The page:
Male involvement for increasing the effectiveness of prevention of mother-to-child HIV transmission (PMTCT) programmes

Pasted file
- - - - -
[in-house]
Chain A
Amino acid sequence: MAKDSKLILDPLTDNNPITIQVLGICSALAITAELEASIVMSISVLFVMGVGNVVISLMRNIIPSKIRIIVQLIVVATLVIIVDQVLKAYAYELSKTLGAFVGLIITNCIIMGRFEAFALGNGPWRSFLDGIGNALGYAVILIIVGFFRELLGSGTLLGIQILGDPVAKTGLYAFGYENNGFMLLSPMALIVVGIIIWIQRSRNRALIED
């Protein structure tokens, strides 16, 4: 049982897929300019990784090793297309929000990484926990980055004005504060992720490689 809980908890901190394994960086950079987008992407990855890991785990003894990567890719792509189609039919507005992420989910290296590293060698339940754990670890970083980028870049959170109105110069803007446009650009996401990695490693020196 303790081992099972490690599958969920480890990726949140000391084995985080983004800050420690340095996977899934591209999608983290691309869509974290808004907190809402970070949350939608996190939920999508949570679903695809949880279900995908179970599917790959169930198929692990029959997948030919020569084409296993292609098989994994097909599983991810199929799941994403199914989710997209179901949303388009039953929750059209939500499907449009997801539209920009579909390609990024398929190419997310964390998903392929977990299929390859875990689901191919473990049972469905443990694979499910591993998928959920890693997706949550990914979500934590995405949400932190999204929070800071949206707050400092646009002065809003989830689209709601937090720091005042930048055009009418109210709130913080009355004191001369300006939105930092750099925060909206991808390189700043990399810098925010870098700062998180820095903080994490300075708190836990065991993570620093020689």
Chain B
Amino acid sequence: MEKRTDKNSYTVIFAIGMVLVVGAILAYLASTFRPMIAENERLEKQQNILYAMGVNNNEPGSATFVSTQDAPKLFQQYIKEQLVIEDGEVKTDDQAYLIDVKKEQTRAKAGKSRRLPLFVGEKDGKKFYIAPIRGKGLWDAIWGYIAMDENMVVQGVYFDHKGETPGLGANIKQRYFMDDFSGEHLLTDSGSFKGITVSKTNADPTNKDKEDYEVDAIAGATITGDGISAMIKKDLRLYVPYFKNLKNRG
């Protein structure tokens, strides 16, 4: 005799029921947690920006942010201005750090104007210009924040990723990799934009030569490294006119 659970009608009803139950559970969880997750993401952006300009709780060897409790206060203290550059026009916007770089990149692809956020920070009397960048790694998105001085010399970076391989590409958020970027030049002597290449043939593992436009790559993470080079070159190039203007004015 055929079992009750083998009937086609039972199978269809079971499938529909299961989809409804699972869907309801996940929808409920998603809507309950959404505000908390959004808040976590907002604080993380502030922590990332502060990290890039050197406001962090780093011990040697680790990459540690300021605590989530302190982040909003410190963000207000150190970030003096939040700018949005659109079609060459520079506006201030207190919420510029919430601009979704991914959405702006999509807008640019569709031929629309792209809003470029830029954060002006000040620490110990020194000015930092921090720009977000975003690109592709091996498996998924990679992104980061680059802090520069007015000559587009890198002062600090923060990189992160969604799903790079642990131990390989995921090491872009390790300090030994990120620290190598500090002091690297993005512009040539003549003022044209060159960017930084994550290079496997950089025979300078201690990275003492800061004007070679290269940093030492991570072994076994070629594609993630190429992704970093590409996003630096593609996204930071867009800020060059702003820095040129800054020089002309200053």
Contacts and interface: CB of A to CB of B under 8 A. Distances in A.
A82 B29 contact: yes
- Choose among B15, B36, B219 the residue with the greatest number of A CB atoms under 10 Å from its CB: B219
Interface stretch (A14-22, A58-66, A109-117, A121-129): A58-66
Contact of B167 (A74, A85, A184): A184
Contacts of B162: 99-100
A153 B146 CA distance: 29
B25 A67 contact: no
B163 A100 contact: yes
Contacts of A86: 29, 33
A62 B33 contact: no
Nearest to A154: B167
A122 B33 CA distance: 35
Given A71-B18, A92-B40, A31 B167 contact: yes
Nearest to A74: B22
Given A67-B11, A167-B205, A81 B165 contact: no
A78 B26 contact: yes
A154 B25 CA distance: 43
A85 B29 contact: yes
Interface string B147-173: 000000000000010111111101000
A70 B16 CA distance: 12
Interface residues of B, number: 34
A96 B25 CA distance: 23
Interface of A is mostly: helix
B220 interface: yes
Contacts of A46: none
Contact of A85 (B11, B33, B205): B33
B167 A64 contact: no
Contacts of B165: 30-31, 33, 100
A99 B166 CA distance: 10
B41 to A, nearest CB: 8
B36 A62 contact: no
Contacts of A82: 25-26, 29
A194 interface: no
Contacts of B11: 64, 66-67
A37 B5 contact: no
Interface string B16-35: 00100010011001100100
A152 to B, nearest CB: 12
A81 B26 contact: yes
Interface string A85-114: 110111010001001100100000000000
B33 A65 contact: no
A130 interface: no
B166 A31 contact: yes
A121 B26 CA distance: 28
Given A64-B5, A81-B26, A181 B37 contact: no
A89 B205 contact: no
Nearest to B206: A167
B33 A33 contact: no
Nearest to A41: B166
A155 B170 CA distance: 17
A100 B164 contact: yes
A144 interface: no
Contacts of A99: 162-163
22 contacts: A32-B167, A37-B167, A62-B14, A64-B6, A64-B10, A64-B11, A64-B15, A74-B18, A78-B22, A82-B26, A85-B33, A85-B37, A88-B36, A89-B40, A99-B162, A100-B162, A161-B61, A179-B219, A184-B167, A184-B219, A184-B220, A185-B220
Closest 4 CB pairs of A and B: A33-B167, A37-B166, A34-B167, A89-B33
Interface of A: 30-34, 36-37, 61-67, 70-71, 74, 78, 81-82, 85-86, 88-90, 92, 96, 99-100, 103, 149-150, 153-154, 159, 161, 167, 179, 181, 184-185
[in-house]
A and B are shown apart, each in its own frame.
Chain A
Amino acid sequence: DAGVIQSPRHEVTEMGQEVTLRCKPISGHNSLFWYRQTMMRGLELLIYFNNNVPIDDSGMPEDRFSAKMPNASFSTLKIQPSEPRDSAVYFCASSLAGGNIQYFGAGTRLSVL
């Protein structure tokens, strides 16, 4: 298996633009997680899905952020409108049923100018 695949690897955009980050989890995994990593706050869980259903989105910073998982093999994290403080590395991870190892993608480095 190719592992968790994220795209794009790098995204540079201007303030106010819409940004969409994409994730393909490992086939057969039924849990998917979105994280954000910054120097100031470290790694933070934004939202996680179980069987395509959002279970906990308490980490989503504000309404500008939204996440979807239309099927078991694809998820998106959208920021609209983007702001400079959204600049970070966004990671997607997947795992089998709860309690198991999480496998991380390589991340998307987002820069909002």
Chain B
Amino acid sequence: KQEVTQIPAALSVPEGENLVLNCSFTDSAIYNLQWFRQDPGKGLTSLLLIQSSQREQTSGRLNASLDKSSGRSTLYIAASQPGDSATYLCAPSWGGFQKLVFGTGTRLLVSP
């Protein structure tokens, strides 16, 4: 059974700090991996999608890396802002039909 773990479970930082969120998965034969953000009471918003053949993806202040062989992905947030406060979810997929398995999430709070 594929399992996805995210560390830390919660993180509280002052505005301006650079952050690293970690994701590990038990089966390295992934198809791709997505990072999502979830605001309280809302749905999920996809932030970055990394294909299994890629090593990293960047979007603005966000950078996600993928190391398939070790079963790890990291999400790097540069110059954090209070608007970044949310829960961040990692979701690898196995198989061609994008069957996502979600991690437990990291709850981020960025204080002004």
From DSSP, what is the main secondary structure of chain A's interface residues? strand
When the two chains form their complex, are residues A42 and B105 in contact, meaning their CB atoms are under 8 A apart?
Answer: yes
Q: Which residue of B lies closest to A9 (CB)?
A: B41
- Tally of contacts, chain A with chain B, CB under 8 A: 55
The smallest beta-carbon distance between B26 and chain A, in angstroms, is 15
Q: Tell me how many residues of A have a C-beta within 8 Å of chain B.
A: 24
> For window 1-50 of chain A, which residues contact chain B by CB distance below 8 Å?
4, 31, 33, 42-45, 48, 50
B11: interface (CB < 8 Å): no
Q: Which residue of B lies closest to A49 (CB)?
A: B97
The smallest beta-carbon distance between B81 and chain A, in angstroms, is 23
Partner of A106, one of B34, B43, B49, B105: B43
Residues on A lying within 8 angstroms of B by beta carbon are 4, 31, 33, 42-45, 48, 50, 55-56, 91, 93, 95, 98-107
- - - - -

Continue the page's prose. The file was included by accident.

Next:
During the past decade, national governments and international agencies have strengthened the implementation of prevention of mother-to-child HIV transmission (PMTCT) programmes. However, many women still do not access these services. In 2010, there were 390,000 new HIV infections in children, 90% of which were infected through vertical transmission. The fear of violence or abandonment by male partners, cultural gender rules and disparate decision making power for women are among the main reasons that women do not access PMTCT services. Hence, interventions should focus on promoting gender equality and improving male awareness and engagement in their families’ health in order to improve uptake of PMTCT services. In a systematic review published in the Cochrane Library, Serena Brusamento and colleagues assessed the effectiveness of male involvement interventions on women’s uptake of PMTCT services in developing countries. They concluded that we need more studies assessing different interventions to improve male engagement in PMTCT to identify the most successful approach for women to safely access health care for their own health and to deliver HIV negative children.